Indian visitor in UAE to fly home after 14 years, Dh500,000 fine waiver


NAT Baskari Raghavlu-1601011395037
Baskari Raghavalu with Sheela Thomas
Image Credit: Supplied

Dubai: A stranded Indian visitor for 14 years in the UAE is finally returning home on September 26.

Baskari Raghavlu, 41, hailing from the Indian state of Andhra Pradesh, will be seeing his daughter for the first time in his life as his wife was pregnant when he first came to the UAE. Thanks to the efforts of a social worker in the UAE, his fines of over half a million (Dh511,200) have also been waived off, paving the way for his exit.

“I cannot wait to see my family,” he told Gulf News. “Life has been such a big struggle. At one point, I had given up on myself.” Raghavlu came to the UAE on a visit in 2006. “At the time, my wife was pregnant with our first child. We decided that I should leave India and come work in the UAE so that we can give our child a good life. The aim was to save money and live our dream back home. Who knew I would not get a chance to meet my child for 14 long years?”

Soon after he landed in the UAE, tragedy struck.Raghavlu was injured in a road accident while travelling in his company vehicle. The accident left injuries to his hand, leg and neck. For four years, he tried to get compensation from the company where he worked. He even hired a lawyer, who took his passport. “I don’t know where the lawyer is and where my passport went. And all this happened in a month’s time of my coming to the UAE. I did not know where to seek help. I kept waiting for the lawyer to help me out,” Raghavlu said.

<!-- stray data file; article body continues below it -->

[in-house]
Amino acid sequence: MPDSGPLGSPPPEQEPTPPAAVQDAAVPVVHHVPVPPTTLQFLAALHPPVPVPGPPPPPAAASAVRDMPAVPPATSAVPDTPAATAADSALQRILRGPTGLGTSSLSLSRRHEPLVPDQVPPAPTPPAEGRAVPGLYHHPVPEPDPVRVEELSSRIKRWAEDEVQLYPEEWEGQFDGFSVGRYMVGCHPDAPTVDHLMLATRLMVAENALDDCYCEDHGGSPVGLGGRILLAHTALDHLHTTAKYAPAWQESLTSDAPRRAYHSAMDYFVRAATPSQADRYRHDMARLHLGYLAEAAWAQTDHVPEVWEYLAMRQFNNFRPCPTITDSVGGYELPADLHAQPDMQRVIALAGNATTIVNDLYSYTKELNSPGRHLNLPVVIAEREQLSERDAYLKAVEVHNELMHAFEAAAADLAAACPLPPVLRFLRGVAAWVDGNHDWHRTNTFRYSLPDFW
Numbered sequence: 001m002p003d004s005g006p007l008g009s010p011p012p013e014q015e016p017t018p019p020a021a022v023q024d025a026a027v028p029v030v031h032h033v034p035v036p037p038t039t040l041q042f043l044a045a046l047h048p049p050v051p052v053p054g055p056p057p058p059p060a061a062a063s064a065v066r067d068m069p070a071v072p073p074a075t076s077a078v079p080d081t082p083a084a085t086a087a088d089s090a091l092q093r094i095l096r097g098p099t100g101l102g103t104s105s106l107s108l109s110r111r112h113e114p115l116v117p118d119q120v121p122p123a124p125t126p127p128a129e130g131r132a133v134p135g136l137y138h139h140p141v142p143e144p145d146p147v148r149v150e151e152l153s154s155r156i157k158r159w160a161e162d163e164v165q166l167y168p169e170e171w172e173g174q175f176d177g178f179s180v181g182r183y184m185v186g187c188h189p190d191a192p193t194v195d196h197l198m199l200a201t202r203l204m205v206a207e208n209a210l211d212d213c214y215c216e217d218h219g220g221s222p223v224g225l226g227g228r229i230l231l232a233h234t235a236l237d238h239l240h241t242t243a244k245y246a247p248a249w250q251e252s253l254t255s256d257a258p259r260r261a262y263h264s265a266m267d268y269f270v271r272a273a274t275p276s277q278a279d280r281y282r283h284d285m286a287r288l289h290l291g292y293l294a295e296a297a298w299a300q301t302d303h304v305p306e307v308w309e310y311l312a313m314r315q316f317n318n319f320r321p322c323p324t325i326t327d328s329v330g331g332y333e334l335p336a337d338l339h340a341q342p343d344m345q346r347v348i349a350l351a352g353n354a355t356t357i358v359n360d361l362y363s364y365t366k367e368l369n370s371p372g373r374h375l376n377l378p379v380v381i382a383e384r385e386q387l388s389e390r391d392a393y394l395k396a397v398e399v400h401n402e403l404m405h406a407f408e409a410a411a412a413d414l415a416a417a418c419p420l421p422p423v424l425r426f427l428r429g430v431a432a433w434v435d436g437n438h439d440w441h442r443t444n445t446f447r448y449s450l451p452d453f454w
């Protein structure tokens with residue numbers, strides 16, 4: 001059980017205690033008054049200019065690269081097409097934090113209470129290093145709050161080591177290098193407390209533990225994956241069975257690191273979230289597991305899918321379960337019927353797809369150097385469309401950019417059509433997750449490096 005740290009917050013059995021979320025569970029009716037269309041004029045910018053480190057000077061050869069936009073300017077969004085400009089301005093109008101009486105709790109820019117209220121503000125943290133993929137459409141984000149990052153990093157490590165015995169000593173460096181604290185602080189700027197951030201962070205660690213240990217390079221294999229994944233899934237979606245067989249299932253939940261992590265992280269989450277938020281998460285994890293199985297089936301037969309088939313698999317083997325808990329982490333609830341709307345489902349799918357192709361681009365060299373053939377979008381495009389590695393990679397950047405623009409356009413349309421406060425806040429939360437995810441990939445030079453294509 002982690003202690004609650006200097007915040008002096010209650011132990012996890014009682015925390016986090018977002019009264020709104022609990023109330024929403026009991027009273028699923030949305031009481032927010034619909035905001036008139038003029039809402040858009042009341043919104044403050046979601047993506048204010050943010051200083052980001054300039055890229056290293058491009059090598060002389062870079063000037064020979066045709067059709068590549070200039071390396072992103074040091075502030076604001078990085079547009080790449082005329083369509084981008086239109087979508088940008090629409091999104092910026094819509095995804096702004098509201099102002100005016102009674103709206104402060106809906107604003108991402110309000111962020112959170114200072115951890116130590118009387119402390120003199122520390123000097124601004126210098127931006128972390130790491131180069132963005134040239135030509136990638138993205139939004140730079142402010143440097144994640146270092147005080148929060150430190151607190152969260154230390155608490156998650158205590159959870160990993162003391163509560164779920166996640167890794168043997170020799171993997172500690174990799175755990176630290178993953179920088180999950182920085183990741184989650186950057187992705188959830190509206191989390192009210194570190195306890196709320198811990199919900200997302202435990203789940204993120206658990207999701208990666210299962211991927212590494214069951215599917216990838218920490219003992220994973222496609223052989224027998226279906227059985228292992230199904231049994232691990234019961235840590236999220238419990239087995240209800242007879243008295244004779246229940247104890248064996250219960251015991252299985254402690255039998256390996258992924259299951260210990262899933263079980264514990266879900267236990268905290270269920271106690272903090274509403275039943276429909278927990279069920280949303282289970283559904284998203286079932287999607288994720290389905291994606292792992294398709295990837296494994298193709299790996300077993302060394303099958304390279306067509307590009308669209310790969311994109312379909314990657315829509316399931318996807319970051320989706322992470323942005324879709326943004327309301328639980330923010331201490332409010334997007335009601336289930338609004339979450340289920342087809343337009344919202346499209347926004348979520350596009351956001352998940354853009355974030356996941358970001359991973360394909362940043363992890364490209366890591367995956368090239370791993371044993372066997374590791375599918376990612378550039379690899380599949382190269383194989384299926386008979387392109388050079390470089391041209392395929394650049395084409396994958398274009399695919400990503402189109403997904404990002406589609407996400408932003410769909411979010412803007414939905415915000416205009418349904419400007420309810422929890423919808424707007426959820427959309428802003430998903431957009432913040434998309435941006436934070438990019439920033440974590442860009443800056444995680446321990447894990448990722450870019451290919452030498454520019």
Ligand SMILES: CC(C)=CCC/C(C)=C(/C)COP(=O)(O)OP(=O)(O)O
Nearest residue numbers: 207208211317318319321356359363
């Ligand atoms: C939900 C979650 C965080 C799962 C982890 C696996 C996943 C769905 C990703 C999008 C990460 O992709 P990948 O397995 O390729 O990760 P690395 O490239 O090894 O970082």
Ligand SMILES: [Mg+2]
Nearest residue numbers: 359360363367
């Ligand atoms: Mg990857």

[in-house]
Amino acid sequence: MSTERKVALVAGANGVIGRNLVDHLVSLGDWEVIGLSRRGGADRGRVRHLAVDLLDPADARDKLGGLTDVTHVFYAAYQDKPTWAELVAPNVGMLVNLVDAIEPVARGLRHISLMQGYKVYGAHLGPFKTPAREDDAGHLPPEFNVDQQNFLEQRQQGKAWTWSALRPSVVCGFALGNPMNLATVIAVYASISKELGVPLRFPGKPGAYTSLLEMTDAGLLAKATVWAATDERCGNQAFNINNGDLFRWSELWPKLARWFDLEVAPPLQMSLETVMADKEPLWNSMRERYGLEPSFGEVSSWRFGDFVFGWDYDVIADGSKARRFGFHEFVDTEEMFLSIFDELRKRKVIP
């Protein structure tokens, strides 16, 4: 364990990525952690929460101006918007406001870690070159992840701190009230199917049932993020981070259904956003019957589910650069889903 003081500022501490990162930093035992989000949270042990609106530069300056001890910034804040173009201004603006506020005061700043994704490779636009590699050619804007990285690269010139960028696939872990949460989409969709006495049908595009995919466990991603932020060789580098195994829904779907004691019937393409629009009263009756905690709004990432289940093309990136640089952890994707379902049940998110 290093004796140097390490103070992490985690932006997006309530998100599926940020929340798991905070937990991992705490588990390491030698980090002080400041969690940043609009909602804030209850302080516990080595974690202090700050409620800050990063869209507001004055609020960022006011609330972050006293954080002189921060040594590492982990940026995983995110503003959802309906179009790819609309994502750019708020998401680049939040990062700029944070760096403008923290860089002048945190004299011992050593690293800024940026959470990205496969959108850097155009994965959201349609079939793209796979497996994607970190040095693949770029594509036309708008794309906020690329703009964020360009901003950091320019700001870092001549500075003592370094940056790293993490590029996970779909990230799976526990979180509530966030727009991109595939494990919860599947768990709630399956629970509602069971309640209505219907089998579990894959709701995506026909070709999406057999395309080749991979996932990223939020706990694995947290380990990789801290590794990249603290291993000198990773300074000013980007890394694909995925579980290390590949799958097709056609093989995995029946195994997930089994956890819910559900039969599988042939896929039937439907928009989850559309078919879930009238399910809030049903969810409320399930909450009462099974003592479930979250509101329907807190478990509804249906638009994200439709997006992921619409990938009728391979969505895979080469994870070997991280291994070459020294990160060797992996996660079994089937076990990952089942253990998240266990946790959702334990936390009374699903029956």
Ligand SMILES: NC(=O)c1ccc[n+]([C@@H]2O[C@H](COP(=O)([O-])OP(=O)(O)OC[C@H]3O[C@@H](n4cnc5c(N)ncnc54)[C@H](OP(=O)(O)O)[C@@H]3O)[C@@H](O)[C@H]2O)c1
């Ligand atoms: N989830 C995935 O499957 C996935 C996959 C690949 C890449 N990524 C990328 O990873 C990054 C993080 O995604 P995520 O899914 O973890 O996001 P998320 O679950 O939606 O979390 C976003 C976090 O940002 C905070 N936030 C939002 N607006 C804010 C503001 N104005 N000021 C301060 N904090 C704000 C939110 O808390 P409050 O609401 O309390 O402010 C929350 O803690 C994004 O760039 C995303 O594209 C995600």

In order to sustain himself, Raghavlu said he did some odd jobs. “This way, I was able to send home some money every month to my family. But I have not been able to do that in the last three years.” He said during one of the amnesty programmes by the UAE government, Raghavlu managed to secure an outpass to leave the country, but did not have money for his flight ticket.

“My struggles continued. It was difficult for me to find a proper job. Finally I met a social worker recently who agreed to help me.” Lawyer and social worker Sheela Thomas said she found Raghavlu in a desperate state. “He was struggling for accommodation. He was living off the generosity of some other blue collar workers. Raghavlu looked tough on the outside but on the inside, he was an emotional wreck. He just wanted to return home and see his daughter for the first time in his life. I then took up his case.” 

Thomas said Raghavlu’s overstay fines have been cleared and he is set to fly home in two days. She said she bought a ticket for him for a flight to Mumbai on September 26.


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